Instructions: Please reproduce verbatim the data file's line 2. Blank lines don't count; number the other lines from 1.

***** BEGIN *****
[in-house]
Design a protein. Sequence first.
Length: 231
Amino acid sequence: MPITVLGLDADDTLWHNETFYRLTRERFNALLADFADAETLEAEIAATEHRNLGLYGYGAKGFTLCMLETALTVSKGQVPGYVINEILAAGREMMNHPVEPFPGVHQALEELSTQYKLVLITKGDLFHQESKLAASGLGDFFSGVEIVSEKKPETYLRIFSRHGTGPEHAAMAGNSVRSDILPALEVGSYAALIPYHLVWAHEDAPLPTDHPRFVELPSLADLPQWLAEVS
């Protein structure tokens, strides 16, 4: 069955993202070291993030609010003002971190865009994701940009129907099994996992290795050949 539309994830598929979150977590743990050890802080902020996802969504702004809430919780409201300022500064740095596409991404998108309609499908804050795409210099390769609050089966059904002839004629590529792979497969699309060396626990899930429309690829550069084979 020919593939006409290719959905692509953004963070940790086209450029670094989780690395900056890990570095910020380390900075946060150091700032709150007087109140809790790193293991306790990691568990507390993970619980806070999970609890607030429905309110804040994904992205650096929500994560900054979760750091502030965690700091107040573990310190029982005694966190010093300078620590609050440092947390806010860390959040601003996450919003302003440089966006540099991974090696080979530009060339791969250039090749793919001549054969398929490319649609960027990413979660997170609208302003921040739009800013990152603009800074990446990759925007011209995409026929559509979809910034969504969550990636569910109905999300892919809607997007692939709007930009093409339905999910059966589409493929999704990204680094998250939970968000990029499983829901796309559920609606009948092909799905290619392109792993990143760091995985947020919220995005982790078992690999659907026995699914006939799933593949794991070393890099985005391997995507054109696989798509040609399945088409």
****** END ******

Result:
Design a protein. Sequence first.